Co-author of the paper Dr Michelle Canavan, consultant stroke physician at Galway University Hospitals, said: ‘Our message is for people to practise mental and physical wellness at all ages.
‘But it is also important for some people to avoid heavy physical exertion, particularly if they are high-risk of cardiovascular, while also adopting a healthy lifestyle of regular exercise.’
The global Interstroke study was co-led by Martin O’Donnell, professor of neurovascular medicine at NUI Galway and consultant stroke physician at Galway University Hospitals.
‘Some of the best ways to prevent stroke are to maintain a healthy lifestyle, treat high blood pressure and not to smoke,’ Prof O’Donnell said.
‘But our research also shows other events such as an episode of anger or upset or a period of heavy physical exertion independently increase the short-term risk.
‘We would emphasise that a brief episode of heavy physical exertion is different to getting regular physical activity, which reduces the long-term risk of stroke.’
THE CAUSES OF STROKE
There are two major kinds of stroke:
1. ISCHEMIC STROKE
An ischemic stroke – which accounts for 80 per cent of strokes – occurs when there is a blockage in a blood vessel that prevents blood from reaching part of the brain.
2. HEMORRHAGIC STROKE
The more rare, a hemorrhagic stroke, occurs when a blood vessel bursts, flooding part of the brain with too much blood while depriving other areas of adequate blood supply.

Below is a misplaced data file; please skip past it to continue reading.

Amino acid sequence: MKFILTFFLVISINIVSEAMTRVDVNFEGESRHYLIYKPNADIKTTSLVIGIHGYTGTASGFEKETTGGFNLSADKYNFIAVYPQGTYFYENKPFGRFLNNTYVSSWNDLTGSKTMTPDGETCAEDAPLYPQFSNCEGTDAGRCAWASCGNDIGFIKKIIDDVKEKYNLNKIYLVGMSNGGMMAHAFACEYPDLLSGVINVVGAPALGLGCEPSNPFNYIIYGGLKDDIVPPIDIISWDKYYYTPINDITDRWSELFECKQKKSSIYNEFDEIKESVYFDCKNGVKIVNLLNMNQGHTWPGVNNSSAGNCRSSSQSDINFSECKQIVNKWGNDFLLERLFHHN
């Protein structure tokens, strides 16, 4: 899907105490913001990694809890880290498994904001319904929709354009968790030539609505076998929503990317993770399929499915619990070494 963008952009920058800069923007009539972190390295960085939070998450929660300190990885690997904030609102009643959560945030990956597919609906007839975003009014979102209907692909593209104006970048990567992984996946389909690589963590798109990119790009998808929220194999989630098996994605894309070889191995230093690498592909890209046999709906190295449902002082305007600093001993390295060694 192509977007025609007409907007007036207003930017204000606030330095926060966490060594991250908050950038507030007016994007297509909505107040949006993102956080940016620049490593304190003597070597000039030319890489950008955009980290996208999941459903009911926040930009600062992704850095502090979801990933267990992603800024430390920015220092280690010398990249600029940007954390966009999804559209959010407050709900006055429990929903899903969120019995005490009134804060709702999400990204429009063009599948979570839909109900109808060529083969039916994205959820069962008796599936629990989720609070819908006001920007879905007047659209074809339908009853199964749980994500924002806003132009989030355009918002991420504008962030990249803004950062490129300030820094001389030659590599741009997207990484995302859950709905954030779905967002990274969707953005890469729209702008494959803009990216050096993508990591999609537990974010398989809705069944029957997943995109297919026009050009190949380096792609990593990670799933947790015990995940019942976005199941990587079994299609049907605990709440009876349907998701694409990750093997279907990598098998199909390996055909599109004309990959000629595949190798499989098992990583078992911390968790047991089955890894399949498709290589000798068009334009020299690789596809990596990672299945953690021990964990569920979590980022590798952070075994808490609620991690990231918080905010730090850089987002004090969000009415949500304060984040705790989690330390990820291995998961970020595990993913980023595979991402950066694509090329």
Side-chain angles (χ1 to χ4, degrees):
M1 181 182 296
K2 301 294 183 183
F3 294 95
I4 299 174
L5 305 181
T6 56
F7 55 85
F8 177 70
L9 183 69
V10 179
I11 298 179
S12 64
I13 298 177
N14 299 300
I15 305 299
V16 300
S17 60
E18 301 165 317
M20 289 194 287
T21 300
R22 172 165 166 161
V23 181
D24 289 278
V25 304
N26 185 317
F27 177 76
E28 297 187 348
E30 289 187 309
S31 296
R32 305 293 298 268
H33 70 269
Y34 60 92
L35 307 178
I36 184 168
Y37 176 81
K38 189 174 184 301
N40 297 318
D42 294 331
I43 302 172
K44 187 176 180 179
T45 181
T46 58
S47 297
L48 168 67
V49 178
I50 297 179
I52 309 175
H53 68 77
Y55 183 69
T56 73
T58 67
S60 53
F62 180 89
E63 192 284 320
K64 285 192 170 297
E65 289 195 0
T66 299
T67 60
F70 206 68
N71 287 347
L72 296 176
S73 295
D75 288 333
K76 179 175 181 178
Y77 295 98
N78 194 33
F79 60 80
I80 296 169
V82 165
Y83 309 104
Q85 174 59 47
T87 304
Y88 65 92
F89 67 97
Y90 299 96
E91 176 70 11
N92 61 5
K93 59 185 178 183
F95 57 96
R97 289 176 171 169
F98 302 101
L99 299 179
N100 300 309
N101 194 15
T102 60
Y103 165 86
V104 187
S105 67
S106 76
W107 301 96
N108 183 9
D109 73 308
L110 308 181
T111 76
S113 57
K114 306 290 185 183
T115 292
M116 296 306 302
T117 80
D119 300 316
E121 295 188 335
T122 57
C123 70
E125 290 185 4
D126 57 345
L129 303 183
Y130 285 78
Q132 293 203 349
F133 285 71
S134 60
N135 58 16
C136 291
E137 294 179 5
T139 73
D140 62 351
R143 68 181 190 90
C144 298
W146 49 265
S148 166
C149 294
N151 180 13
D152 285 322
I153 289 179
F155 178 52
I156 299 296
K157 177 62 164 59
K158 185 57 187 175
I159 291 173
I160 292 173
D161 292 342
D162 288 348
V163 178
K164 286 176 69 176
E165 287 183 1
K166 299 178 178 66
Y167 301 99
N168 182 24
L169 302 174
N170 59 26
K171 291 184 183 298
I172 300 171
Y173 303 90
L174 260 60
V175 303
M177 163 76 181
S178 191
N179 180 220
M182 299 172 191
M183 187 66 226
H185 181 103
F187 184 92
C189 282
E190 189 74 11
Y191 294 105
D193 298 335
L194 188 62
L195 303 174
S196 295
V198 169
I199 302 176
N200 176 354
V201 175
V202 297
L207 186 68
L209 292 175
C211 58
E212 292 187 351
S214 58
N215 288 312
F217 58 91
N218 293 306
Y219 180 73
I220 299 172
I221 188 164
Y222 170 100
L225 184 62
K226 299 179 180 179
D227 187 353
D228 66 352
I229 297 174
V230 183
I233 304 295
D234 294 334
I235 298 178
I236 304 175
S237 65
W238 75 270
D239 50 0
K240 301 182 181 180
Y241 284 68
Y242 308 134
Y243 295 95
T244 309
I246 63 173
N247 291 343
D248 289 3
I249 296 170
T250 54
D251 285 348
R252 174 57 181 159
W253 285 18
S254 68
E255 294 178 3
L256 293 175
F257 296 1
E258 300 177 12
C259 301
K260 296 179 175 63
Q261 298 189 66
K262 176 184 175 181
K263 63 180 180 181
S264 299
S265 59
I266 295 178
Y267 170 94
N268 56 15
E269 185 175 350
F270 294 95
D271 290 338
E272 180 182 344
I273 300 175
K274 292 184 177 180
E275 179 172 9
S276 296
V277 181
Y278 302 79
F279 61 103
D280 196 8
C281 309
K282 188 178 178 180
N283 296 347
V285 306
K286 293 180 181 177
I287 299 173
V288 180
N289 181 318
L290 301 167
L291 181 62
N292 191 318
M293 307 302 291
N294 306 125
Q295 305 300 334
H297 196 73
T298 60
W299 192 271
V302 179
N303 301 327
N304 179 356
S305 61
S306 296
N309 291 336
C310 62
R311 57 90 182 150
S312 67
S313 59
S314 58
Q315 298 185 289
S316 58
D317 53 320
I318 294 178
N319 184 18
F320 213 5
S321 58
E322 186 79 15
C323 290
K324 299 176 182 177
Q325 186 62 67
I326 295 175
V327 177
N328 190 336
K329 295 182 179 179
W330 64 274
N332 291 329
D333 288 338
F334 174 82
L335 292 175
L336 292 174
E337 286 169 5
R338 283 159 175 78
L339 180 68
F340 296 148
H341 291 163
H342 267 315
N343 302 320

It can be the result of an AVM, or arteriovenous malformation (an abnormal cluster of blood vessels), in the brain.
Thirty percent of subarachnoid hemorrhage sufferers die before reaching the hospital. A further 25 per cent die within 24 hours. And 40 per cent of survivors die within a week.
Age, high blood pressure, smoking, obesity, sedentary lifestyle, diabetes, atrial fibrillation, family history, and history of a previous stroke or TIA (a mini stroke) are all risk factors for having a stroke.
SYMPTOMS OF A STROKE
- Sudden numbness or weakness of the face, arm or leg, especially on one side of the body
- Sudden confusion, trouble speaking or understanding
- Sudden trouble seeing or blurred vision in one or both eyes
- Sudden trouble walking, dizziness, loss of balance or coordination
- Sudden severe headache with no known cause
Of the roughly three out of four people who survive a stroke, many will have life-long disabilities.
This includes difficulty walking, communicating, eating, and completing everyday tasks or chores.
Both are potentially fatal, and patients require surgery or a drug called tPA (tissue plasminogen activator) within three hours to save them.